next up previous contents
Next: 5 Simulation Up: 4.3 Physical Parameters Previous: 4.3.1 Effective Mass and Band Edge Energy

4.3.2 Mobility
Typical measured v(E) characteristics of III­V bulk material exhibit a local maximum as shown in  Figure 2.4. Simulations with a v(E) characteristics including a local maximum revealed low impact on the results of HEMTs but very unstable convergence in comparison to a v(E) monotonous characteristics like that of silicon.

The minor impact of the local maximum is because the electrons under the gate are in saturation for almost all relevant bias voltages of HEMTs which will be shown in Sections 5.3.1 and 5.3.2. The local maximum is obtained only for a certain range of electric fields between the constant mobility and the saturation velocity regime. Therefore, it has to be expected that this electric field is reached only in very small areas of the current path. On the other hand, the spatial velocity overshoot (described later in this section) and the saturation velocity (described in Section 2.1) of electrons in quantum wells is not known exactly. Thus, one can assume that the error made by neglecting the static velocity overshoot is small compared to uncertainties in the saturation velocity and spatial velocity overshoot.

In addition, convergence is usually poor if the thermionic field emission interface model (i. e. including tunneling) and a local maximum in the v(E) characteristics are combined. Therefore, the v(E) characteristics with a local maximum was not used further and a silicon like characteristics was assumed. The DD mobility for electrons and holes are modeled by
where  are the zero-field mobility,  are the saturation velocity and  are the magnitude of the driving force of electrons and holes, respectively. The driving forces are defined by
  and .
  and  are given by (19) and (20), respectively. If the DD model is considered, i. e. the carrier temperatures are constant, the driving forces for electrons and holes read

For the HD model the mobility is modeled as a function of the carrier temperature Tnp:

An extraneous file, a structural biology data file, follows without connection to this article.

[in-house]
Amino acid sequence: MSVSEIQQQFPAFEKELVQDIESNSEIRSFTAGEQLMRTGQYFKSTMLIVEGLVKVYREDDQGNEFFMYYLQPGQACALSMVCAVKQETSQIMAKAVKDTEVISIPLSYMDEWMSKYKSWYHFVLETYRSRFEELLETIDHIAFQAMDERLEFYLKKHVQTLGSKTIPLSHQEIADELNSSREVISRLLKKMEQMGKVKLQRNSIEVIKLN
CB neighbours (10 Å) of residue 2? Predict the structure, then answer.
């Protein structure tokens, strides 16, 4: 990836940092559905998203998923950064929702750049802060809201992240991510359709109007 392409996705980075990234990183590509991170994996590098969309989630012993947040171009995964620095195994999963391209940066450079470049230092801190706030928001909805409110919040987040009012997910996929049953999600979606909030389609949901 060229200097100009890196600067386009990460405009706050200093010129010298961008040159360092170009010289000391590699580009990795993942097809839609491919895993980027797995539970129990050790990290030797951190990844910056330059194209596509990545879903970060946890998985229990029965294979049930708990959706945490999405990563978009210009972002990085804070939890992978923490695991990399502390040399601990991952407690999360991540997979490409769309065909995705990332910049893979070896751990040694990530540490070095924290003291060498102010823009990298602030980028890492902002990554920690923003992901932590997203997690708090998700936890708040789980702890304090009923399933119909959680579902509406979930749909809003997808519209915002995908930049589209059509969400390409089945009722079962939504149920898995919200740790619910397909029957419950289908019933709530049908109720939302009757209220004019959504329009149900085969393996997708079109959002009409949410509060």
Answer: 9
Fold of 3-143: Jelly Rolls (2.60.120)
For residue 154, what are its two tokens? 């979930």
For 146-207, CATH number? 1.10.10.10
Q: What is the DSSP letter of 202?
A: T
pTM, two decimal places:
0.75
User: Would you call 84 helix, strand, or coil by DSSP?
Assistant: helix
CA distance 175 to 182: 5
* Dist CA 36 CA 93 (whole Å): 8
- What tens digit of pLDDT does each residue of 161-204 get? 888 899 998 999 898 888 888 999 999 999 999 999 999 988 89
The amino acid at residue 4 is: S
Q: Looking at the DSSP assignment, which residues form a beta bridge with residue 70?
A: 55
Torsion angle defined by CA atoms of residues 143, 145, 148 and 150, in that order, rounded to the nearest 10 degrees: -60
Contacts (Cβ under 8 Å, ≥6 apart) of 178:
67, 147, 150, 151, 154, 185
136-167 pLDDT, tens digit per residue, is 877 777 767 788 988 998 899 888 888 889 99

The temperatures are scaled by some arbitrary temperature T0. Initially (48) was developed by Haensch for silicon [49] where b = 1. The principal  dependence does not hold for III­V semiconductors. Monte Carlo simulations reveal decay ranges between and  [50, 51]. The parameter b can be used to model the decay of mobility for moderate carrier temperatures. For Tn = 0 and  the mobility is independent of b.

Considering energy balance, using a local approximation, and (25) the energy transport equation (21) and (22) reduce to
It further will be assumed that  is independent of Tnp. If mnp is modeled by (48) the quadratic equation for (Tnp ­ TL)
with the physical relevant solution
is obtained.

Using (52) in (48) the mobility can be expressed as a function of the electric field:
Further the limit of
can be determined which reveals
Under the above made assumptions the HD mobility model (48) corresponds to the following field dependent model
Using (52) implicitly a carrier temperature for the DD model can be estimated by
The carrier temperature revealed from a DD simulation and HD simulation in the channel of a HEMT are compared in Figure  4.3. The maximum carrier temperature obtained for the DD model is about 15 % lower than the maximum carrier temperature obtained with the HD model.

Figure 4.3 Carrier temperature along the channel of a HEMT obtained implicitly by DD simulation (bold line) and directly by HD simulation (dashed line).

As shown in (46) and (47) the gradient of the carrier temperature for the driving force is neglected for the DD model. This is different to the driving force of the HD model which reads
for electrons and
for holes. Taking the gradient of the carrier temperature into account leads to a larger driving force for the HD model compared to the DD model. The difference is shown in  Figure 4.4 for DD and HD simulation again along the channel of a HEMT.

Figure 4.4 Driving force along the channel of a HEMT obtained by DD simulation (bold line) and by HD simulation (dashed line).

In addition to the different relations between carrier temperature and driving force for the DD and the HD model another important difference can be observed in Figure 4.3 and  Figure 4.4. The maximum of both the carrier temperature and the driving force is reached for a larger distance from the end of the gate. This is because a finite energy relaxation time is used for the HD model whereas the carriers in the DD model relax instantaneously, thus, a local relation between electric field and carrier velocity exists for the DD model.

As a nonlocal behavior of the carriers is taken into account in the HD model a spatial velocity overshoot can be obtained. The importance and modeling of the spatial velocity overshoot will be discussed further in Section 5.2.

next up previous contents
Next: 5 Simulation Up: 4.3 Physical Parameters Previous: 4.3.1 Effective Mass and Band Edge Energy

Helmut Brech